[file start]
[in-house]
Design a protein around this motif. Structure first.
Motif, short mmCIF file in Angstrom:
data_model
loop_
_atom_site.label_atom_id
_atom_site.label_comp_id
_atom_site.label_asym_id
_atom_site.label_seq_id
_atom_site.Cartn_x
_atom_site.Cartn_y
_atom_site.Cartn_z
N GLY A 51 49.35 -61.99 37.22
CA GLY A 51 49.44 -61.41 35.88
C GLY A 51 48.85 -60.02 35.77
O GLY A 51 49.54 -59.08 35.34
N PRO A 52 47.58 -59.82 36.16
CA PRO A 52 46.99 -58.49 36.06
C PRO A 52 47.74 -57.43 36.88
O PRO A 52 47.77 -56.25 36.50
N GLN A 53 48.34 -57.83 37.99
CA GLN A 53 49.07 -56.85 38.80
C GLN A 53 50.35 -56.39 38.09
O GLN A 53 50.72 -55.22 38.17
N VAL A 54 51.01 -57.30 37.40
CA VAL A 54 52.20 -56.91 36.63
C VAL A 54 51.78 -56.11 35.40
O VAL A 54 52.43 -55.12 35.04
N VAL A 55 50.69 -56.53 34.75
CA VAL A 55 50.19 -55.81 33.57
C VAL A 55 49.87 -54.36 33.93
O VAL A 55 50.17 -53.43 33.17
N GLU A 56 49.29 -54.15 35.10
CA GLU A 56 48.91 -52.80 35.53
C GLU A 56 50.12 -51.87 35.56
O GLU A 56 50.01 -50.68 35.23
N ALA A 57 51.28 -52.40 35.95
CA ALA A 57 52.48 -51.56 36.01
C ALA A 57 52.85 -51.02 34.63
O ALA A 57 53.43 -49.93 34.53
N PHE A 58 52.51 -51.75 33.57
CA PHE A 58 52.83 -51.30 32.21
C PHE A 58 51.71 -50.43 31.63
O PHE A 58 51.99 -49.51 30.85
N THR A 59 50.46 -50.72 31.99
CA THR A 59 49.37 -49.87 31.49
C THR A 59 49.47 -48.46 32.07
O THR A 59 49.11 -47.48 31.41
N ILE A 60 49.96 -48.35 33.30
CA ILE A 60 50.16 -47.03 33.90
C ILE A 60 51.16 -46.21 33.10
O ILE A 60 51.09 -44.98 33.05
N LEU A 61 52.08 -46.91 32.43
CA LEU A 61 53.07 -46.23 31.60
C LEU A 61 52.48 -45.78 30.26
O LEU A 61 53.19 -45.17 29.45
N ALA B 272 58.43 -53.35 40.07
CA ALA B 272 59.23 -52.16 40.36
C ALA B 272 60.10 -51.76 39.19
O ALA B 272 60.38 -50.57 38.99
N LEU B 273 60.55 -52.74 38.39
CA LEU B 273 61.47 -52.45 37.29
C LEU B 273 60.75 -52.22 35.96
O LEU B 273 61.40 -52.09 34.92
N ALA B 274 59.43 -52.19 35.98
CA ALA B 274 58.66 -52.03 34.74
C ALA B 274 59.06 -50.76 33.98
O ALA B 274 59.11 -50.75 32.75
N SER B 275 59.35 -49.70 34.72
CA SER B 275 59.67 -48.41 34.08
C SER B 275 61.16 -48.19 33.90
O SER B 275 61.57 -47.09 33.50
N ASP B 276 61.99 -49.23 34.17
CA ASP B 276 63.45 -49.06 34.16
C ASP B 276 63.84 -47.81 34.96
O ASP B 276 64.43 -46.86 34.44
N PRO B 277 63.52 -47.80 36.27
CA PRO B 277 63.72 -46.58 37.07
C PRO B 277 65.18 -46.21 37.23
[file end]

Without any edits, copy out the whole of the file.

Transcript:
[in-house]
Design a protein around this motif. Structure first.
Motif, short mmCIF file in Angstrom:
data_model
loop_
_atom_site.label_atom_id
_atom_site.label_comp_id
_atom_site.label_asym_id
_atom_site.label_seq_id
_atom_site.Cartn_x
_atom_site.Cartn_y
_atom_site.Cartn_z
N GLY A 51 49.35 -61.99 37.22
CA GLY A 51 49.44 -61.41 35.88
C GLY A 51 48.85 -60.02 35.77
O GLY A 51 49.54 -59.08 35.34
N PRO A 52 47.58 -59.82 36.16
CA PRO A 52 46.99 -58.49 36.06
C PRO A 52 47.74 -57.43 36.88
O PRO A 52 47.77 -56.25 36.50
N GLN A 53 48.34 -57.83 37.99
CA GLN A 53 49.07 -56.85 38.80
C GLN A 53 50.35 -56.39 38.09
O GLN A 53 50.72 -55.22 38.17
N VAL A 54 51.01 -57.30 37.40
CA VAL A 54 52.20 -56.91 36.63
C VAL A 54 51.78 -56.11 35.40
O VAL A 54 52.43 -55.12 35.04
N VAL A 55 50.69 -56.53 34.75
CA VAL A 55 50.19 -55.81 33.57
C VAL A 55 49.87 -54.36 33.93
O VAL A 55 50.17 -53.43 33.17
N GLU A 56 49.29 -54.15 35.10
CA GLU A 56 48.91 -52.80 35.53
C GLU A 56 50.12 -51.87 35.56
O GLU A 56 50.01 -50.68 35.23
N ALA A 57 51.28 -52.40 35.95
CA ALA A 57 52.48 -51.56 36.01
C ALA A 57 52.85 -51.02 34.63
O ALA A 57 53.43 -49.93 34.53
N PHE A 58 52.51 -51.75 33.57
CA PHE A 58 52.83 -51.30 32.21
C PHE A 58 51.71 -50.43 31.63
O PHE A 58 51.99 -49.51 30.85
N THR A 59 50.46 -50.72 31.99
CA THR A 59 49.37 -49.87 31.49
C THR A 59 49.47 -48.46 32.07
O THR A 59 49.11 -47.48 31.41
N ILE A 60 49.96 -48.35 33.30
CA ILE A 60 50.16 -47.03 33.90
C ILE A 60 51.16 -46.21 33.10
O ILE A 60 51.09 -44.98 33.05
N LEU A 61 52.08 -46.91 32.43
CA LEU A 61 53.07 -46.23 31.60
C LEU A 61 52.48 -45.78 30.26
O LEU A 61 53.19 -45.17 29.45
N ALA B 272 58.43 -53.35 40.07
CA ALA B 272 59.23 -52.16 40.36
C ALA B 272 60.10 -51.76 39.19
O ALA B 272 60.38 -50.57 38.99
N LEU B 273 60.55 -52.74 38.39
CA LEU B 273 61.47 -52.45 37.29
C LEU B 273 60.75 -52.22 35.96
O LEU B 273 61.40 -52.09 34.92
N ALA B 274 59.43 -52.19 35.98
CA ALA B 274 58.66 -52.03 34.74
C ALA B 274 59.06 -50.76 33.98
O ALA B 274 59.11 -50.75 32.75
N SER B 275 59.35 -49.70 34.72
CA SER B 275 59.67 -48.41 34.08
C SER B 275 61.16 -48.19 33.90
O SER B 275 61.57 -47.09 33.50
N ASP B 276 61.99 -49.23 34.17
CA ASP B 276 63.45 -49.06 34.16
C ASP B 276 63.84 -47.81 34.96
O ASP B 276 64.43 -46.86 34.44
N PRO B 277 63.52 -47.80 36.27
CA PRO B 277 63.72 -46.58 37.07
C PRO B 277 65.18 -46.21 37.23